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Nestor Torres

One of the most exciting aspects of jazz is the joy of discovery. I confess that I wasn’t all that familiar with the talented flute work of Nestor Torres but after I listened to his new album, Sin Palabras (Without Words) (Heads Up International) that I was glad I had traded ignorance for enlightenment. This album finds Torres exploring not just Latin and jazz rhythms, but a tasty mix of hip-hop and rhythm and blues added in for an extra shot of funky flavor.

But Nestor Torres isn’t just cool to listen to. He’s a fascinating man to talk to. He’s got something to say and not just on a CD. Check him out and see if you don’t agree.

JazzReview: Congratulations on the new album, Sin Palabras. What was different on your approach to this project in comparison to your last album?

Nestor Torres: I made a specific point on this production to be more current, much more in the current of what’s going on in the mainstream musical scene these days. On my other works I have not been as conscientious of that. Whatever was showing up for me musically and artistically was from my experimenting with different combinations of rhythms while keeping updated technologically.

I have to give a lot of the credit to the folks at Heads Up. They really worked with me and kept me on track. I had not been as focused as I am now. I’m really thrilled with the results.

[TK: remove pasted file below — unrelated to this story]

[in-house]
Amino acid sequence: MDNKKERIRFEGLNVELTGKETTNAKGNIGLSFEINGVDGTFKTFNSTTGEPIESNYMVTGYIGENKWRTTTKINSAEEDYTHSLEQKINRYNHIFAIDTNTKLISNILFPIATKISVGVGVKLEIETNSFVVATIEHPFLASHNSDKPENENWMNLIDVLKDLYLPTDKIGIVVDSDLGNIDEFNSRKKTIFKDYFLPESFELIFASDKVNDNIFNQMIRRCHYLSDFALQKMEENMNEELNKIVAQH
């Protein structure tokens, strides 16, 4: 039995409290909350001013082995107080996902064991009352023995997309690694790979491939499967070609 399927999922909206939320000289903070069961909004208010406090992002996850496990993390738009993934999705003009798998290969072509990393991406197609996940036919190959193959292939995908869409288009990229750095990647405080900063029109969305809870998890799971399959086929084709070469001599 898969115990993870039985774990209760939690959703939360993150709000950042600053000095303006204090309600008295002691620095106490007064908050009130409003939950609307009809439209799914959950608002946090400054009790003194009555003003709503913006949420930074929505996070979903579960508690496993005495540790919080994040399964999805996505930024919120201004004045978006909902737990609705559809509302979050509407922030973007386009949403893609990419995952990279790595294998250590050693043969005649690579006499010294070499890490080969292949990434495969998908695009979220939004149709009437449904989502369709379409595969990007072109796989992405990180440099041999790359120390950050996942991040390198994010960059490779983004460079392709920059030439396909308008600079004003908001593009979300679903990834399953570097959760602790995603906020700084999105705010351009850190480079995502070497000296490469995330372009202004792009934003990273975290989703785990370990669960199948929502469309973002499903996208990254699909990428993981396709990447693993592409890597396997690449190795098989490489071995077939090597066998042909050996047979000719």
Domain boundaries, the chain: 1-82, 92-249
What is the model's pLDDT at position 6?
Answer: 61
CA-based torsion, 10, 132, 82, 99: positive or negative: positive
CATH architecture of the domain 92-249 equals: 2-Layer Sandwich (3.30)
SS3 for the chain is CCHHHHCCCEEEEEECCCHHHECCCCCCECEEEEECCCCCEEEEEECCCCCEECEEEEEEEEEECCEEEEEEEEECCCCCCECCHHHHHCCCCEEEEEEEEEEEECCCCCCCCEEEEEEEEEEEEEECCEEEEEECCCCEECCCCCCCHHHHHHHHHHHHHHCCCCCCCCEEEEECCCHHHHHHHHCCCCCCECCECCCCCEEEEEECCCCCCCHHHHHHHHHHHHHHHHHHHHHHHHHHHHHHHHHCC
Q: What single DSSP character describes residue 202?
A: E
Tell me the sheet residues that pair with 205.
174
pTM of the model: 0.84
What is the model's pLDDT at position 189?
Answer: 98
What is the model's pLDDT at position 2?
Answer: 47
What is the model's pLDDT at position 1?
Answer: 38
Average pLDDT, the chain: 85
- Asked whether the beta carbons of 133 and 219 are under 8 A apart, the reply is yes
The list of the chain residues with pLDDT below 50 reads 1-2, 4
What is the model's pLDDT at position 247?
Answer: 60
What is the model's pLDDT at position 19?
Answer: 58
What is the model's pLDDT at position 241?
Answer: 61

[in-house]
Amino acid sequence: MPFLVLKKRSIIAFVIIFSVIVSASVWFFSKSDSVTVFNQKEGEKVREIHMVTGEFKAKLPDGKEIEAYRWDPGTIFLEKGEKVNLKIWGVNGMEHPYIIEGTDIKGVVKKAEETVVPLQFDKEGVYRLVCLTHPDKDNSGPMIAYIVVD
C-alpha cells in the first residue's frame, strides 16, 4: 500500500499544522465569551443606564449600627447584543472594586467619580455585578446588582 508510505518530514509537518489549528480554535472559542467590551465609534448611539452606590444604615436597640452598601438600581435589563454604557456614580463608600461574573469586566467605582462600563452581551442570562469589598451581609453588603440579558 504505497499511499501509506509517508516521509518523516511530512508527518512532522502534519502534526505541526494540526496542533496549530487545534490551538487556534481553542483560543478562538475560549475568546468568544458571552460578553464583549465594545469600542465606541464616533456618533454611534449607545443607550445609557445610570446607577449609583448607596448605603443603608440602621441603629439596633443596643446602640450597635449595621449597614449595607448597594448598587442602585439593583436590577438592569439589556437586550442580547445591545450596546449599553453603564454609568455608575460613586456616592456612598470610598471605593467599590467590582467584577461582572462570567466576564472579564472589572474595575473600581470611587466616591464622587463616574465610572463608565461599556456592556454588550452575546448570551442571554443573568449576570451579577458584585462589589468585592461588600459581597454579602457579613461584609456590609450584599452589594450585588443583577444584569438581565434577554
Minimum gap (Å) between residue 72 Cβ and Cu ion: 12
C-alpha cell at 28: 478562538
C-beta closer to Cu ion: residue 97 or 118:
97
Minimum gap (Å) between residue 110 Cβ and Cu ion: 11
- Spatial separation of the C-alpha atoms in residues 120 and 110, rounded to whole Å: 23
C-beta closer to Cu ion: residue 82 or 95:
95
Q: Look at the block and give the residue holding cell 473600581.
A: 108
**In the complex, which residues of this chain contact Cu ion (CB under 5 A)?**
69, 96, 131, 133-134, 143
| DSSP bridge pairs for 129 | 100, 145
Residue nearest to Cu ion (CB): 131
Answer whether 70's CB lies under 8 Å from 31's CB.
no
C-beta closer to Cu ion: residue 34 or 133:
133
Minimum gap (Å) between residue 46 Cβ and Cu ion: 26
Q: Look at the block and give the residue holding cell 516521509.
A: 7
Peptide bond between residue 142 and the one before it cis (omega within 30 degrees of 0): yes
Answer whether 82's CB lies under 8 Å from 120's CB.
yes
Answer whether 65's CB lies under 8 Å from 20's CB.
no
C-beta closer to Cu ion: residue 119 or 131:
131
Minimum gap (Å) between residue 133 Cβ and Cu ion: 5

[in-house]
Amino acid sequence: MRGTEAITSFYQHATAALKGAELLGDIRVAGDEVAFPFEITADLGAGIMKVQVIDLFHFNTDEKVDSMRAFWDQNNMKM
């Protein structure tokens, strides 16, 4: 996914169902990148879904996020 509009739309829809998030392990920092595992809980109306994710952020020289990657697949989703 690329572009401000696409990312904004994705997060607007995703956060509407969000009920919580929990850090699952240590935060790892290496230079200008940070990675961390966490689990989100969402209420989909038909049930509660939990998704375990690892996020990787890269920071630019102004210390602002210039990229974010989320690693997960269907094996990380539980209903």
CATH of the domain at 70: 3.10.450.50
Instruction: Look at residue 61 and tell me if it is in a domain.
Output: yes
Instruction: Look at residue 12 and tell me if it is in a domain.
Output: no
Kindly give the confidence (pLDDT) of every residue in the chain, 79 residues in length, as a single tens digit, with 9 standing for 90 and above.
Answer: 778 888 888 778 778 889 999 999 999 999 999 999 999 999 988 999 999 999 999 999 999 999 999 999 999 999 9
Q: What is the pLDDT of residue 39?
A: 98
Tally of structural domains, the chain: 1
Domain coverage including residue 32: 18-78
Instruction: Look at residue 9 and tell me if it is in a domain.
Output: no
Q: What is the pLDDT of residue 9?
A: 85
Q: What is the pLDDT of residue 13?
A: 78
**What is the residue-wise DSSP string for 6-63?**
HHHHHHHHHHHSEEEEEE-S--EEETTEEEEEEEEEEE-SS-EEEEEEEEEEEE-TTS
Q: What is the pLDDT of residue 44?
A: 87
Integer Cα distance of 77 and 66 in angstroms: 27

JazzReview: What was the process of choosing the songs that went into the new album?

Nestor Torres: The process varies. For my last recording Mi Alma Latina (My Latin Soul) I listened to a lot of Latin songs from different times and periods. Whatever songs that were closest and meant something to me, I recorded. On this particular production something interesting happened because this is where I did a lot of co-writing work but James Lloyd actually wrote the majority of the songs.

Dave Love, president of Heads Up, introduced me to James Lloyd of Pieces of a Dream and he really wanted me to work with James. I was a little reluctant because I didn’t know him, but once we met we got along great. My focus before this record was strongly Latin with some pop and jazz.

With James Lloyd, Jimmy Haslip and Carlo Pennisi, I was able to explore a bit more of the hip-hop and R n’ B kind of groove. Because I’m not familiar with it I let them take the lead in the writing and producing. As a result I’m really thrilled with Sin Palabras and my capacity has expanded. Overall, my focus was to present the flute voice in a way that would sound like my own voice.

JazzReview: Let’s talk about playing the flute. The flute is not an instrument most people would associate with jazz. What attracted you to this instrument?

Nestor Torres: Even though the flute has not been identified as a "jazz voice" like the saxophone or guitar or trumpet, the flute per se is a universal instrument. Just about every culture in the world has a flute tradition such as Cuba, Venezuela, Brazil or the South American Andes and all the way to the Far East, India and Bali. It is really a very universal sound.